Work progresses on new Franklin County jail

Earl Hopkins and Marc Kovac The Columbus Dispatch USA TODAY NETWORK
Work proceeds on the new Franklin County jail. The first inmates should move in next fall.

As the construction of a new Franklin County jail on Fisher Road continues, officials say that inmates will probably be moved in by the fall of 2021.

The main building, which is to have nearly 870 inmate beds and about 429,000 square feet, is now expected to be substantially complete by early April, but it will take months to add furnishings and equipment, complete deputy and staff training, and otherwise prepare the facility for inmates, said Deputy County Administrator Kris Long. That puts actual inmate occupancy about a year from now.

Some initial contracts are out for bid on the second phase of the jail, which is to add more than 430 inmate beds and 166,000 square feet. Site work on that phase is expected to begin this year, and the facility is to be completed in 2023.

The overall project is to cost about $360 million, funded by a sales tax increase implemented by the commissioners in 2013. The new jail will replace the decades-old Downtown lockup; inmates will be housed in the county’s other jail, on Jackson Pike, as well as in the new facility.

Despite obstacles related to the pandemic, which forced the Gilbane Building Co. to downsize its staff from 250 workers to 90, Senior General Superintendent Jim Pietrykowski said the pace of construction has been steady.

“The guys have really worked hard out here,” he said. “We’ve been a little tired because of COVID, but the guys have worked right through it. It’s very exciting to look at it come together so quickly.”

County officials are also completing more than $1 million in renovations to the Jackson Pike facility to allow deputies to begin training for the direct-supervision model of inmate management that will be used in the Fisher Road facility.

The county has about 2,300 jail beds and an average daily inmate count of about 2,100. Many inmates are in the facilities for a few weeks or less; about three-quarters are released within three days.

Deputies will be stationed directly with groups of inmates in two-tiered pods that include cells, common areas and recreation space. The setup will allow deputies to be able to see inmates at all times, and inmates will spend much of their time in their pods instead of being moved from room to room or outside the facility for medical and other services.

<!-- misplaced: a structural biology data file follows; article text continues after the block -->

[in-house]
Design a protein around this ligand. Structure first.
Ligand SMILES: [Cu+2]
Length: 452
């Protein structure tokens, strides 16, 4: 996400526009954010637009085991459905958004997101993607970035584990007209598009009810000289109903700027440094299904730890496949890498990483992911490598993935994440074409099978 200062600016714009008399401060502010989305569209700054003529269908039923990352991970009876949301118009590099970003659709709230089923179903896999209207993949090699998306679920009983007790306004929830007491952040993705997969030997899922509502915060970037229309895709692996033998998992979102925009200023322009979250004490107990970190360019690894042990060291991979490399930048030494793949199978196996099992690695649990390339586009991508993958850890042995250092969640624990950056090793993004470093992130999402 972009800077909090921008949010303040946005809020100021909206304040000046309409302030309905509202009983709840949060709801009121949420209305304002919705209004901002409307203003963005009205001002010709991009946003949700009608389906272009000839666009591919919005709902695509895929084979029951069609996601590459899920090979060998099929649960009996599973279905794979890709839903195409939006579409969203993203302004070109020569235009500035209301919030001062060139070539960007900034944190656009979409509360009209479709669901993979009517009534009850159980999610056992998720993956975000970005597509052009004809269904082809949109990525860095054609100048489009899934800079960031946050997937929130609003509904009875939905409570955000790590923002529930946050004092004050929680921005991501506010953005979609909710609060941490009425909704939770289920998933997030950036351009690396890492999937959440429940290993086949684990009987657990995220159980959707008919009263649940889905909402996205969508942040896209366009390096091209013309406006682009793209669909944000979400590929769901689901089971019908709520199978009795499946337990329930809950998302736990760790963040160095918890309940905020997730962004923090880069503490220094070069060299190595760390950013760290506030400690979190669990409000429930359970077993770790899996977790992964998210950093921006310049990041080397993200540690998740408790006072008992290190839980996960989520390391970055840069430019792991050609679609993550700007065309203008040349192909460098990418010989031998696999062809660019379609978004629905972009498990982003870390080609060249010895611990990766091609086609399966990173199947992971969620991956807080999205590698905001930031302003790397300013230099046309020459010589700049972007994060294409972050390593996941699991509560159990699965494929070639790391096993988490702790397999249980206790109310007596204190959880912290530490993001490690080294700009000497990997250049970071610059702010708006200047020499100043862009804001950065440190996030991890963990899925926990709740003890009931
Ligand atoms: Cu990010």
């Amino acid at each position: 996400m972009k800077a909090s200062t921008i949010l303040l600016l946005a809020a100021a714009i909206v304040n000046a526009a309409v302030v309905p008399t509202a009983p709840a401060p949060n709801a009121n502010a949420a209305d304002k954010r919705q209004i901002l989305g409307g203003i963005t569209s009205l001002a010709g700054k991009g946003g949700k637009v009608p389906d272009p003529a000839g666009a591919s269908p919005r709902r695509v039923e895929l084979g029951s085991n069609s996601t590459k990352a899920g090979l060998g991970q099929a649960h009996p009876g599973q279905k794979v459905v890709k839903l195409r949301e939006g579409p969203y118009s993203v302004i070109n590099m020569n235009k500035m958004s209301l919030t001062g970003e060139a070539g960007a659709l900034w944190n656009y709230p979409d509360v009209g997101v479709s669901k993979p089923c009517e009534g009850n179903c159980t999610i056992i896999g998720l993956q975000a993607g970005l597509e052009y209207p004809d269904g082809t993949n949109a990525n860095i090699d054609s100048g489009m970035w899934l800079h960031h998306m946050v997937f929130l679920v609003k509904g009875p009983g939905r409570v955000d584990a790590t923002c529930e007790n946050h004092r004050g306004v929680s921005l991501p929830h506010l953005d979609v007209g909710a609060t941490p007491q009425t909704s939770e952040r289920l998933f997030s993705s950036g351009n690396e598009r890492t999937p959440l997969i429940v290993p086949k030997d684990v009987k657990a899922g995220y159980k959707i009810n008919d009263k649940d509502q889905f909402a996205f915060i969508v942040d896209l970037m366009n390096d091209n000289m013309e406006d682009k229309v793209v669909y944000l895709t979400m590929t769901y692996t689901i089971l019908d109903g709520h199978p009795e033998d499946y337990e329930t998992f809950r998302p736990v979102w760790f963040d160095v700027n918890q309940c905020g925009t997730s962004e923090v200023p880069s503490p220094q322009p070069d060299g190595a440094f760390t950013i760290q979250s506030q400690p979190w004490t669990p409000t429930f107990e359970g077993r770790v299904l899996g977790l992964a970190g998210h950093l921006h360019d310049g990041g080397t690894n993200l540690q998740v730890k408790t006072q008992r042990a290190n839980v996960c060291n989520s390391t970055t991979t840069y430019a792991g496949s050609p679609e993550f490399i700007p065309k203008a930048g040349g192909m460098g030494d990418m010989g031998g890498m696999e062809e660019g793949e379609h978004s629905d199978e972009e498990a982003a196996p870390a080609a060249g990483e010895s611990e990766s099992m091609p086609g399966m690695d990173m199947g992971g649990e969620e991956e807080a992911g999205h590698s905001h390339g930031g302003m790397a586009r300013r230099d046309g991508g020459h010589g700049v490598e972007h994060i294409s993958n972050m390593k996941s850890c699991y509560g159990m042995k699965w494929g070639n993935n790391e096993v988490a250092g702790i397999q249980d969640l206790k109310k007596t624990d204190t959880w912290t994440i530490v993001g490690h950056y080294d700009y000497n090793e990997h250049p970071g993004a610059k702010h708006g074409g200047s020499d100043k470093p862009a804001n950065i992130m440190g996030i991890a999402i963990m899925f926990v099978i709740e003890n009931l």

The initial booking area is more like a lobby, offering phone access and other features designed to set a more positive tone for those who have been arrested.

“Inmate behavior management starts at intake,” Chief Deputy Geoffrey Stobart said. “It starts right here. Setting those clear expectations right from the go: do what you’re supposed to do, act the way you’re supposed to act, and, while it sucks — this is jail — it can be a much less-painful experience if you do the things you’re supposed to do.”

He added: “Seventy-three percent of the people that cycle through the doors of the jail get released right back into our community. We feel it’s in our best interest to release them in a little better shape than we found them.”

The new facility also will feature more open spaces, multi-purpose rooms for programming, a detox facility, video visitation access and other upgrades.

With the installation of these services, Maj. Chad Thompson said, the new jail will present a more “normative environment” for inmates. The county took inspiration from facilities in San Diego and elsewhere.

“We’ve kind of stolen ideas from other jails all over the country and kind of put them together in our own way,” Thompson said.

“Not everybody’s a Hannibal Lecter, and we shouldn’t treat them that way,” Thompson said.

ehopkins@gannett.com

@Earl_Hopkins1

mkovoca@gannett.com

@ohiocapitalblog

Work proceeds on the new Franklin County jail. The first inmates should move in next fall.